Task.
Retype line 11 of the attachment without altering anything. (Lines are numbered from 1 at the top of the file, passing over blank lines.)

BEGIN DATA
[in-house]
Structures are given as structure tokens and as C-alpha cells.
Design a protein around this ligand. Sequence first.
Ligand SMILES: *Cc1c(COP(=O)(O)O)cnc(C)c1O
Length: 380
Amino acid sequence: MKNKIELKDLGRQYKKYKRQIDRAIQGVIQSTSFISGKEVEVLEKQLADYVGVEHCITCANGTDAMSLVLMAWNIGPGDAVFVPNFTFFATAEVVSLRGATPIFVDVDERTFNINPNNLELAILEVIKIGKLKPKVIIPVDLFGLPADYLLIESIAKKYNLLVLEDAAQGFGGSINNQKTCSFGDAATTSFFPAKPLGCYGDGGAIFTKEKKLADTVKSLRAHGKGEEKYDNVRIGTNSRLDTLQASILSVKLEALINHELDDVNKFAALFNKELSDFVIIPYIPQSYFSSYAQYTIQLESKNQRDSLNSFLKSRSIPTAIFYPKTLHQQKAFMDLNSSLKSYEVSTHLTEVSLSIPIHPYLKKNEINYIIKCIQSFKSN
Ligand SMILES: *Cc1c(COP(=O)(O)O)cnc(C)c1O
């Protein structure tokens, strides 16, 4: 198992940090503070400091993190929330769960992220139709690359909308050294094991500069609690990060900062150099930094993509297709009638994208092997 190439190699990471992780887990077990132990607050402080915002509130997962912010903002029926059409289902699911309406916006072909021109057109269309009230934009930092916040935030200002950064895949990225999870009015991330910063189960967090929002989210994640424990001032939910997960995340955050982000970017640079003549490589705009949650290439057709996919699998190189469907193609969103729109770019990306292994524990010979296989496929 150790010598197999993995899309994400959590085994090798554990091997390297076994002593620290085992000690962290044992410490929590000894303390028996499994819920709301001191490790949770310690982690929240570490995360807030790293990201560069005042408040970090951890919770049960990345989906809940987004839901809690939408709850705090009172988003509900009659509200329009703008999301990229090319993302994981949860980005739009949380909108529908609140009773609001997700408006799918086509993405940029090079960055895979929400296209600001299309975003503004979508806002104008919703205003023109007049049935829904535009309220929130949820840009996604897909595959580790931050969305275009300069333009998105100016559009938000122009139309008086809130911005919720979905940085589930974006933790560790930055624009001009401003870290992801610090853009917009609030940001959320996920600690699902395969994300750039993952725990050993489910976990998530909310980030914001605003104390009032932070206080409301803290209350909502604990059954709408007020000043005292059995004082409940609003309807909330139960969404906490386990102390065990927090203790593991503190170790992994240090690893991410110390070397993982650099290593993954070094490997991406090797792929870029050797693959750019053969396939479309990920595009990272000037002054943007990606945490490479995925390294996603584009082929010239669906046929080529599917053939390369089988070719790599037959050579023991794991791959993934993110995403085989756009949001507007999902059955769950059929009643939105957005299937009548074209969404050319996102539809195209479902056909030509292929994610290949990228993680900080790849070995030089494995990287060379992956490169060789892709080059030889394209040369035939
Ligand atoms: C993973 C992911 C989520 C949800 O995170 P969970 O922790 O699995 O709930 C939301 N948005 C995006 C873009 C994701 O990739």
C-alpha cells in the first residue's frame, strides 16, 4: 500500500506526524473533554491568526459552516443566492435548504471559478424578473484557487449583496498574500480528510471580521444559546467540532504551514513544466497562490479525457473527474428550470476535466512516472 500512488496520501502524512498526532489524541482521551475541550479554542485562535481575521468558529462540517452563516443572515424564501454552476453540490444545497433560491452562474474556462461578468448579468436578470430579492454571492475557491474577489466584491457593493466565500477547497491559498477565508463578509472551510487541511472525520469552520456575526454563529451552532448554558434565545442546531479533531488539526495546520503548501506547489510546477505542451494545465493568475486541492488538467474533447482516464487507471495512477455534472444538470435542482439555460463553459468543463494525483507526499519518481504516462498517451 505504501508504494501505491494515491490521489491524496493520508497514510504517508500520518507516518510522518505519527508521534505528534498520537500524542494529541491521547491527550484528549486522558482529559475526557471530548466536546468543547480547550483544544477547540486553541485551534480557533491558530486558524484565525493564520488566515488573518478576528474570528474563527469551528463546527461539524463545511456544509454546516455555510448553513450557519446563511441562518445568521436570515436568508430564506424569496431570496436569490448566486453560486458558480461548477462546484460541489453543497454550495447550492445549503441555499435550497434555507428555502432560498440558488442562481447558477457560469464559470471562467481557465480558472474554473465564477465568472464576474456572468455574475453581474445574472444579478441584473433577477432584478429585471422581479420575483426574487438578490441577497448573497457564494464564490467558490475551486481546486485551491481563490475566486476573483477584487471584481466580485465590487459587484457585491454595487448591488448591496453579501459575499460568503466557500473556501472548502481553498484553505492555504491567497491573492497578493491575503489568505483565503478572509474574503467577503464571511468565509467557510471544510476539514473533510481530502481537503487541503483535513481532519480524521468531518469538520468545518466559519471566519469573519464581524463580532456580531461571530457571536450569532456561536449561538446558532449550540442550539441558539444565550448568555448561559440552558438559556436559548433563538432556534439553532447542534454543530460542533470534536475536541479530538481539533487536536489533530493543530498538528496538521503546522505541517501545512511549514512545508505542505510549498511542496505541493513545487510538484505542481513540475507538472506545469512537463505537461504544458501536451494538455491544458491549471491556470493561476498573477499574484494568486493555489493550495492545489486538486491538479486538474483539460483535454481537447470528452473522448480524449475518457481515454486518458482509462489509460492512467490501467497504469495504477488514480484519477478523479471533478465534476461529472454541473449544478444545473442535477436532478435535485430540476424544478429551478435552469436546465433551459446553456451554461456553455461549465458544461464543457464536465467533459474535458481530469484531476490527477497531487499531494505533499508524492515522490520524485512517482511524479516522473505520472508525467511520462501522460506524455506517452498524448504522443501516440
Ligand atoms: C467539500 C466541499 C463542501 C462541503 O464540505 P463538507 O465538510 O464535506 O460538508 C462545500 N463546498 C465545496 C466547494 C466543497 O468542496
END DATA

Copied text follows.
Ligand atoms: C467539500 C466541499 C463542501 C462541503 O464540505 P463538507 O465538510 O464535506 O460538508 C462545500 N463546498 C465545496 C466547494 C466543497 O468542496